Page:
Masha Scheele Photo
Caleb Dircks and Jace MacPhee spar at the Hinton Boxing Club
Caleb Dircks and Jace MacPhee are the first boxers from the Hinton Boxing Club that will compete in a sanctioned boxing event.
The two are heading to the Sub-Novice Tournament sanctioned by Boxing Alberta in Cochrane this November. While they both compete as adults, the club hopes to have youth from Hinton competing in the future.
“Just for this first competition [Dircks and MacPhee] were both ready because they trained all summer long. Neither of them has ever boxed in amateur boxing, it will be their first fight next month, and the first time the Hinton Boxing Club is actually going to a sanctioned event,” said Chris Murphy, coach at the Hinton Boxing Club.
Each boxer fights up to two times during the tournament, with a maximum one fight per day as per the rules for amateur boxing.
“It’s really important to make sure that the coaches are engaged, there are certain protocols in place right off the get-go with boxing Alberta and boxing Canada,” said Murphy.
Protocols include being in the same weight class, same age class, and experience level.
“When they have less than 10 fights, we closely monitor to make sure that they’re close in experience as well. That goes on even for experienced boxers. Their coaches are always responsible to make sure they’re matched up accordingly,” said Murphy.
Brand new boxers make up the entire tournament, creating a perfect venue to be introduced into the sport.
Dircks and MacPhee both enjoy the sport and want to try competing, explained Murphy.
“For anybody who is able to step into the ring, my hat’s off to them. It takes a lot of courage, a lot of training, a lot of hard work goes into it and not everybody can do that and not everybody should,” said Murphy.
While the club is excited to see some boxers progressing to the competitive stage, not every person that walks through the doors of the Hinton Boxing Club looks to compete against other boxers.
One of the competing boxers always wanted to compete, while the other was just there for fitness and after getting a taste of boxing he also wanted to give competitions a try, explained Murphy. Many of the boxers who come for classes are just there for fitness or being part of a team.
“For those who want to compete, we take it one step at a time and do it in a safe manner,” said Murphy.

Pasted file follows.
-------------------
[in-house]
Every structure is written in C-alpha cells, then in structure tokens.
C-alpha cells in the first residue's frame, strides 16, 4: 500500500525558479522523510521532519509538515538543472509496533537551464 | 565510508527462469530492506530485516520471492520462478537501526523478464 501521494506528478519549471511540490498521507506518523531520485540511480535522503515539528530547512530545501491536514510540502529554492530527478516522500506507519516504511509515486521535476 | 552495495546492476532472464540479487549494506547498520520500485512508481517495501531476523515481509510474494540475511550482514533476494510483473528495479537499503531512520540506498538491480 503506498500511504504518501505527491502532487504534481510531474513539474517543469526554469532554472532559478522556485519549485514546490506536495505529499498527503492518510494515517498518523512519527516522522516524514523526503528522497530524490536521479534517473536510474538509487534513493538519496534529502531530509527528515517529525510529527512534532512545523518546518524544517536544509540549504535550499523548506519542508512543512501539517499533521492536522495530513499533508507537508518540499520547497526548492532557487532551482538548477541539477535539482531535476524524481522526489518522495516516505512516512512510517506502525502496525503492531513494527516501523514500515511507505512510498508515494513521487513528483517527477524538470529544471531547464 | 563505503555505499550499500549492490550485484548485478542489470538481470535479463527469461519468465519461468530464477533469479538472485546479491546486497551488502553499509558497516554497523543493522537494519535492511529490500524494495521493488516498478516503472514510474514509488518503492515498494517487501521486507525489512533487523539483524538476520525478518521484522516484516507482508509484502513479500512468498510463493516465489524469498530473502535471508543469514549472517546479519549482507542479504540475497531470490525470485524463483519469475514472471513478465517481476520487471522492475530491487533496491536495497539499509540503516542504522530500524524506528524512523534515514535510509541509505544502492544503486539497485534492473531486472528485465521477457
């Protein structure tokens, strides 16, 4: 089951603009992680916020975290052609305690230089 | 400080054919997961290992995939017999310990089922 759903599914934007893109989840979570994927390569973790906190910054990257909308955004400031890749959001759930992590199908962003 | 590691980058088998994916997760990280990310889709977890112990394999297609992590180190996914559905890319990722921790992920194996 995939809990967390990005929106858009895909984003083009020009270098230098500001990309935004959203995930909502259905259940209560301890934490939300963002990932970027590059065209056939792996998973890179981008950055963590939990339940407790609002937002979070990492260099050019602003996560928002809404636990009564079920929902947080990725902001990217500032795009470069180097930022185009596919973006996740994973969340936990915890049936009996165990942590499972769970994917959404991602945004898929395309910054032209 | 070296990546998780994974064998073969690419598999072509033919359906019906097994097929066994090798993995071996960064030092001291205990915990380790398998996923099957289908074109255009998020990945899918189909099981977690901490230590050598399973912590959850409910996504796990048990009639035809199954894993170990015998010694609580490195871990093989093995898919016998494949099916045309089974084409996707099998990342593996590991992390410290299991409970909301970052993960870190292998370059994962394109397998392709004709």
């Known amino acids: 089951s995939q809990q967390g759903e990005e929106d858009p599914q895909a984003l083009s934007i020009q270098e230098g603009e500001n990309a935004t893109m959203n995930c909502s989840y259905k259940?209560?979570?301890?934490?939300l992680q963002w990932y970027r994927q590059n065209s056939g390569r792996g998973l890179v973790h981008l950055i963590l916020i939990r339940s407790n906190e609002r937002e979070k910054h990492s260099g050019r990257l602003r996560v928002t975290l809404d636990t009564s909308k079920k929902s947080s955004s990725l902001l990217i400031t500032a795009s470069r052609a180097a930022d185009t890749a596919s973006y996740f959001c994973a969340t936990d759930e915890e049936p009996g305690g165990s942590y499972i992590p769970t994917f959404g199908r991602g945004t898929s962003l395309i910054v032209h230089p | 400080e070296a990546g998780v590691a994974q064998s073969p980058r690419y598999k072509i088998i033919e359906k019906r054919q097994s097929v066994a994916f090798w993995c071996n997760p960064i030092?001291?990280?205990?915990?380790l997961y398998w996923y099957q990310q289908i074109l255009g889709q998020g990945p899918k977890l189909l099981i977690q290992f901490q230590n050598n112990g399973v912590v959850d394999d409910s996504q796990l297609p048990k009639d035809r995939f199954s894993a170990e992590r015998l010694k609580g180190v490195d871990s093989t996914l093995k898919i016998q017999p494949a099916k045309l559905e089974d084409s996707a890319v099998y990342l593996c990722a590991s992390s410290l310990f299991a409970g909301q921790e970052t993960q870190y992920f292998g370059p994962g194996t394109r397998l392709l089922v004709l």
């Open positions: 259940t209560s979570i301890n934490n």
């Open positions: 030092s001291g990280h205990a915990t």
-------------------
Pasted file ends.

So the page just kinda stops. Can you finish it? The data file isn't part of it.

Murphy began boxing at the age of 11 and went to his first competition in his teens. As an adult he’s enjoyed coaching in different communities while he moved around for work with the RCMP. Over the years, he watched how boxing benefitted youth and hopes to build on that in Hinton.
“Boxing is a sport where you don’t have to have a whole lot of funds. A pair of running shoes and we’ll figure out the rest to come down here,” said Murphy.
In youth and adults alike, Murphy has seen how boxing helps grow self confidence, self respect, self esteem, and team work.
“It’s amazing to see that transition,” he said. “It’s good, it’s a sport that’s sort of in my blood. It’s been so many years and it’s nice to give back and see that.”
Soon after Murphy moved to Hinton in 2017, Sue Allen and Tom Lineham took over management at the boxing club to keep it alive. Murphy supported them as much as he could during that time as a coach.
“They took some coaching courses. The level one coaching course and we have several qualified instructors now,” said Murphy.
Allen and Lineham both coach boxing classes every Monday, Wednesday, and Friday from 6:30 – 8:30 pm for all ages 11 and up.
Coaches Alicia Humphries and Rhonda Duke coach ladies classes on Tuesday and Thursday from 6:30 – 7:30 pm and Monday and Wednesday 9 – 10 am.
The club works with Kidsport and Jumpstart to offer help with membership fees for youth that require assistance. For any questions, head down to the club or send them a message on their Facebook page: Hinton Boxing Club.